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Ok so I'm hooking into a game to retrieve data from it and use it. I got as far as hooking text (via CallLists).

The game uses:

enter image description here

glVertex2i(....);    //Stored the location of each char in the bitmap above..
glTexCoords2f(....); //Not sure what this is..

glCallList(876);   //Represents a single character in the above bitmap.
glLoadIdentity();   //Resets the matrix.
glTranslatef(336, 196, 0);  //Places it on screen somehow! :S? This is what I need to know.
glColor4ub(0, 0, 0, 255);  //Colours the text.
LoadIdentity();            //Resets the matrix and does the next character.
glCallList(877);           //Next char.

To render text to the screen. Is there a way I can figure out the coords of the text on the screen? I have access to all functions via Detours.

I'm not sure what the glTranslate did. How can I get the X and Y of the text?

I've used this to project the coords from glTranslate but it still projects it wrong. What do I pass to my WorldVector? It is just a struct with X, Y, Z. I've passed it the glTranslate coords but that doesn't work.

bool WorldToScreen(GLfloat &X, GLfloat &Y, Vector3D World, GLdouble* ModelViewMatrix, GLdouble* ProjectionMatrix)
    GLint ViewPort[4];
    GLdouble Screen[3];
    glGetIntegerv(GL_VIEWPORT, ViewPort);

    if(gluProject(World.X, World.Y, World.Z, ModelViewMatrix, ProjectionMatrix, ViewPort, &Screen[0], &Screen[1], &Screen[2]) == GL_TRUE)
        X = Screen[0];
        Y = ViewPort[3] - Screen[1];
        return true;
    return false;
share|improve this question
FYI, you're calling glVertex and glTexCoord in the wrong order (glVertex should always come last after other attributes). Until you fix it you will likely be confused and it won't work like you expect. – Tim Aug 4 '12 at 2:24
I'm not the one that calls that. That's the game's code. I'm caling the PrintF to render my text directly on top of theirs. My problem is that I'm trying to find the coordinates of theirs so I hooked all the functions you see above and that's the order it's called. – Brandon Aug 4 '12 at 5:33
up vote 1 down vote accepted

That really depends, if you are drawing your text in orthographic mode, whatever you pass into glTranslatef is the actual screen coordinate, where if you are in perspective mode, you will have to pass them through the transformation pipeline to get the screen coordinates, I believe the function for doing this would be in the GLU library called gluProject, where gluUnProject would bring screen coordinates to world space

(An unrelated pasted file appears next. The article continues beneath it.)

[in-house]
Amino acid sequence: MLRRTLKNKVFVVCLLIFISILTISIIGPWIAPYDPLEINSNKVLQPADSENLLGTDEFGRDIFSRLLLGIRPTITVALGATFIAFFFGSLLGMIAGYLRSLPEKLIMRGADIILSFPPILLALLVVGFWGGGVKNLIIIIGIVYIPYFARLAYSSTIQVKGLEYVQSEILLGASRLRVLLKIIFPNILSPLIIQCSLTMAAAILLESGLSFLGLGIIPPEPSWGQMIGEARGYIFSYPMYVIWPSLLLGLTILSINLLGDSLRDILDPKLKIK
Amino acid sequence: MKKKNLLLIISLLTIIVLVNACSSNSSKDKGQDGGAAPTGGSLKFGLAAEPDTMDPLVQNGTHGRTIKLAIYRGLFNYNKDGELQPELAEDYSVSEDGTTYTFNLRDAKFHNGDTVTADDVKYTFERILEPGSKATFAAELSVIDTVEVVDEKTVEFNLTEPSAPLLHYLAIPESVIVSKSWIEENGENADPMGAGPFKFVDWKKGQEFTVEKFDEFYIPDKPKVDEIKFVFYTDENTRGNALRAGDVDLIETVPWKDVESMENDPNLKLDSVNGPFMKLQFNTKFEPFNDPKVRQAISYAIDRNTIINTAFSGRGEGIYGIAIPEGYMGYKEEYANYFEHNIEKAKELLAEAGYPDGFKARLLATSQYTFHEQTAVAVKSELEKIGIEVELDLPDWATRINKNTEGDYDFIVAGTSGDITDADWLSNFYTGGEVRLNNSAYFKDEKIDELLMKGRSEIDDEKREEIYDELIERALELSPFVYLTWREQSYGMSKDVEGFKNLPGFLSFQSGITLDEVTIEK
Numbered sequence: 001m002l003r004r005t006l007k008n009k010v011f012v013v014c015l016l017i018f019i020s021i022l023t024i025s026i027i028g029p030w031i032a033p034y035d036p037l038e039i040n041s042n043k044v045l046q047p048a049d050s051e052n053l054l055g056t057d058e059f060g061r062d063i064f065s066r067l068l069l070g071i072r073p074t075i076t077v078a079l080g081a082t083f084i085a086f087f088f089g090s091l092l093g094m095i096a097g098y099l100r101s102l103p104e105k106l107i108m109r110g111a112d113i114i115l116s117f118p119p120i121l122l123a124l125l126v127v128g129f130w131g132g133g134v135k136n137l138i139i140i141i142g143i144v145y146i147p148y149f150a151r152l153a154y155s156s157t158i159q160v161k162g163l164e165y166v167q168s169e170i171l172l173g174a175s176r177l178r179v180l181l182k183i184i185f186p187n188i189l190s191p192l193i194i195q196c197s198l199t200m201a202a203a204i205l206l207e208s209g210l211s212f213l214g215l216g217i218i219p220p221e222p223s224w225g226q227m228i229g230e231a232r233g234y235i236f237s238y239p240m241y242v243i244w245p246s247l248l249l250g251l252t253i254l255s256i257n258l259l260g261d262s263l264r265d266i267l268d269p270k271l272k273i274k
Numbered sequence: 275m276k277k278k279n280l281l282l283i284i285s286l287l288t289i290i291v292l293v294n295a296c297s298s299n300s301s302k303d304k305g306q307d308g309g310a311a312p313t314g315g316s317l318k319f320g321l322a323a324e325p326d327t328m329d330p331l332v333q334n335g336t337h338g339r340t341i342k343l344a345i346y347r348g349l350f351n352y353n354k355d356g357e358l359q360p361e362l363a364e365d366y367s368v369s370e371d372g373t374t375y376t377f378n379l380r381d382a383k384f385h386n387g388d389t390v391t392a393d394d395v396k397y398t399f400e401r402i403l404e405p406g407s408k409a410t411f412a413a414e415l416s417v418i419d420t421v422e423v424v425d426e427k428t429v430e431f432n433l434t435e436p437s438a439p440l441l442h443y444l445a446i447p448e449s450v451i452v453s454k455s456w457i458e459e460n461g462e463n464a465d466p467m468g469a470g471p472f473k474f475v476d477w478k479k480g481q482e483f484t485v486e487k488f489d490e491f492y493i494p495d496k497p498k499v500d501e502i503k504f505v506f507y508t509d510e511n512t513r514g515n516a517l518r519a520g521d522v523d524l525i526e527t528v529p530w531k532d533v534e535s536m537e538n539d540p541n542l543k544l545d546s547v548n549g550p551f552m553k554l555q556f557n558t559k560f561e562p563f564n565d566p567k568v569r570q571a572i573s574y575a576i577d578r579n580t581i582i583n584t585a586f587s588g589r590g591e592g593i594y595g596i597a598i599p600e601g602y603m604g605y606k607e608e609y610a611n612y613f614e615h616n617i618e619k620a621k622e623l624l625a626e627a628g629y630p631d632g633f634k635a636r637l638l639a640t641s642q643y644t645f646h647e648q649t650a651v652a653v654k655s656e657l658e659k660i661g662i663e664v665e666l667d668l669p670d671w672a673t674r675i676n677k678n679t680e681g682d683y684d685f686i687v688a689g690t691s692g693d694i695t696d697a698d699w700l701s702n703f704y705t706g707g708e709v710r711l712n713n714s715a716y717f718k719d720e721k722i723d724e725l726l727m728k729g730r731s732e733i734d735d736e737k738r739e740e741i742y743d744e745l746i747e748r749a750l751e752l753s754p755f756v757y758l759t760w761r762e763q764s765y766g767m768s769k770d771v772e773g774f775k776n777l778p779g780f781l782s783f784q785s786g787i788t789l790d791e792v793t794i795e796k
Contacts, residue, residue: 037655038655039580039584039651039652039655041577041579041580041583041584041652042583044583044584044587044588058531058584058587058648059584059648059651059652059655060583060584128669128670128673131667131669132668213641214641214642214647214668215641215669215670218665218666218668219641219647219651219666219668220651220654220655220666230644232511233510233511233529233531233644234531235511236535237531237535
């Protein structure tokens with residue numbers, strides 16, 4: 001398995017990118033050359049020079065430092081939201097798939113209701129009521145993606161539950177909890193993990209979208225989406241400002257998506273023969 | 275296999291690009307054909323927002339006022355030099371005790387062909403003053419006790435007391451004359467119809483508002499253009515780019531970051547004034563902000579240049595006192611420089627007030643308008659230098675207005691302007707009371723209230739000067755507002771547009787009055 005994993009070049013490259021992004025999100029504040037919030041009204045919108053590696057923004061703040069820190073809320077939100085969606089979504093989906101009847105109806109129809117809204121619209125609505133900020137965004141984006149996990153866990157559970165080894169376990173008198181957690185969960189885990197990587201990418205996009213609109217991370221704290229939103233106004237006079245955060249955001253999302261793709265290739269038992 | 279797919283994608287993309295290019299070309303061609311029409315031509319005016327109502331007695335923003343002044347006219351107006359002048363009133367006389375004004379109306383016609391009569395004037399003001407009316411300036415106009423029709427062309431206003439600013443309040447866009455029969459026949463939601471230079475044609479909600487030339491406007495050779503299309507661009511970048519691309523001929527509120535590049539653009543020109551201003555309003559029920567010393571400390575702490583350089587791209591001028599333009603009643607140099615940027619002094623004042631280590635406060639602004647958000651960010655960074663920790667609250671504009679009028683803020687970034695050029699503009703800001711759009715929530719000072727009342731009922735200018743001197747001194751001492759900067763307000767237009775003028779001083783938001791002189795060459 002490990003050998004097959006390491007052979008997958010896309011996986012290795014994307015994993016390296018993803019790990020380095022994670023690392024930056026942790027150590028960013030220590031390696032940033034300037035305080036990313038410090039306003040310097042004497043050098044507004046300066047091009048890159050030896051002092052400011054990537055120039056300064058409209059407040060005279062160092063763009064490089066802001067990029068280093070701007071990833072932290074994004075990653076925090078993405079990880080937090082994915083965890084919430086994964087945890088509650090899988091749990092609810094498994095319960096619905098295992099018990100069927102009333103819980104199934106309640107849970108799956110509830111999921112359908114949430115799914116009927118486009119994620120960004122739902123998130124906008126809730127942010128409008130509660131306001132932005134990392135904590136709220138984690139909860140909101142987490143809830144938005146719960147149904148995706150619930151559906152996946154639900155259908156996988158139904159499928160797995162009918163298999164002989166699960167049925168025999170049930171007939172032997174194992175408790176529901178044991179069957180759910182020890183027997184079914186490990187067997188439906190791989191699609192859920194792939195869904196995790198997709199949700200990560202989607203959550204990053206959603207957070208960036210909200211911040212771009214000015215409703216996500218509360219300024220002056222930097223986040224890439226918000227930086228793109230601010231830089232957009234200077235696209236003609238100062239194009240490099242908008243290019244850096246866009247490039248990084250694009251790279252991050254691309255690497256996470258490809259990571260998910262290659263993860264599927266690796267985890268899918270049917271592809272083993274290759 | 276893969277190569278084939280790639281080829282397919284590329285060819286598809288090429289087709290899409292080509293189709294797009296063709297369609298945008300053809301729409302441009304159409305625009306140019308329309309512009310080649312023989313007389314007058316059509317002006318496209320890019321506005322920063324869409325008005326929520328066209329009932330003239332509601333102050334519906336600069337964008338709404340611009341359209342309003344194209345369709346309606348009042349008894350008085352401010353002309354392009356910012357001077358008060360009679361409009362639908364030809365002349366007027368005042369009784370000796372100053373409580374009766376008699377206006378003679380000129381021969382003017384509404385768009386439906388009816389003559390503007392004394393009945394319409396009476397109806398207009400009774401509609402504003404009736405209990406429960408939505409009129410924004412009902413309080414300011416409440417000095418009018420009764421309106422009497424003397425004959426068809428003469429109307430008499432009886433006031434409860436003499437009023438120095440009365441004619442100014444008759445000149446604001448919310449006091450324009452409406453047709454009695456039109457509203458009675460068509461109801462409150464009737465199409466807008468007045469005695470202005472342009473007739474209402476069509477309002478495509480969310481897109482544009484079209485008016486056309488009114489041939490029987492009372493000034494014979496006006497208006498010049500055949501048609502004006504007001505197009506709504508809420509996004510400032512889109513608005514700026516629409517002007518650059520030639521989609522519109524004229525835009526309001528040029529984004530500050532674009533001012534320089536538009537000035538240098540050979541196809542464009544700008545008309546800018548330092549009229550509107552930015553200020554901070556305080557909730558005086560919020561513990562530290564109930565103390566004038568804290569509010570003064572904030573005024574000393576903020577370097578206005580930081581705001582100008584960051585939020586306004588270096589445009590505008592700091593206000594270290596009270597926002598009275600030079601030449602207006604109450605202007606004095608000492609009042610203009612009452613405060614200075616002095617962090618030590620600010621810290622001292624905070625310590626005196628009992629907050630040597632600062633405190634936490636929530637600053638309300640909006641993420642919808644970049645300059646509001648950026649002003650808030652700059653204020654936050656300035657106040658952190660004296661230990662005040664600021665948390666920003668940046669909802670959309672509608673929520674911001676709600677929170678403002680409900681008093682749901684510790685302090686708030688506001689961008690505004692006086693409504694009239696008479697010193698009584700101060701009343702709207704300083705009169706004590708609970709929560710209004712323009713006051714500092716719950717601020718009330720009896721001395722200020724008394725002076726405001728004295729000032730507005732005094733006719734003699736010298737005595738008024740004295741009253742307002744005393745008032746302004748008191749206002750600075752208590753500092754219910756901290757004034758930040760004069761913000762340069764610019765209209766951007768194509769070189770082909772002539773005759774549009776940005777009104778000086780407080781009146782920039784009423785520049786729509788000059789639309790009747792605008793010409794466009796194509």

translate to world position 
translate to view position 
divide by W (Copy of Z) to get projection coordinates 
ScreenX = Px * ScreenWidth/2 + ScreenWidth/2 
ScreenY = -Py * ScreenWidth/2 + ScreenWidth/2
share|improve this answer
Ok well it's definitely not the first one since I've tried passing those as the actual screen coords. I've edited my post with the projection method I'm using. – Brandon Aug 4 '12 at 5:36
Ok yes you are using perspective projection, which means you have to pass your coordinates through the pipeling to get the screen coordinates, the process this goes through is like this I added code above to explain better The resulting ScreenX and ScreenY will give you your screen coordinates, however gluProject will do this for you – user1294021 Aug 4 '12 at 13:59
I'll accept this as the answer but that didn't work. I don't have the coords to pass through the pipeline. It's using a call list: with this: i.imgur.com/IRFlg.png And it renders each character one by one using glTranslate :S – Brandon Aug 4 '12 at 15:43
I've edited my first post to clarify. I think you think I have the coords to project. – Brandon Aug 4 '12 at 15:53
Holy cow, I didn't read that right the first time, I should have told you to simply use an orthographic projection, sorry I confused originally as to what you wanted to do, when rendering fonts you should always do so in orthographic (unless you are wanting to have your text on some 3D geometry. I recommend that you get the OpenGL red book, and learn a bit about OpenGL's different states and functions, but basically in an orthographic projection, your translation is done in screen coordinates – user1294021 Aug 5 '12 at 4:56

Here is an example of translating and calling your list in orthographic

glOrtho(0.0, SCREEN_WIDTH, SCREEN_HEIGHT, 0.0, -1.0, 1.0);

glTranslatef(336.0f, 196.0f, 0.0f);
glColor4f(1.0f, 0.0f, 0.0f, 1.0f); //Red
glCallList(877); //Or whatever list you wish to call

At this point, you may want to have the width of the next character to write, and simply translate value to put your text directly to the right of it,

By the way, there is a great free to use library called FreeType 2 , Blizzard uses it for there games, as well as myself, the former of which gives it good credibility.

If I am still not answering your question be sure to let me know

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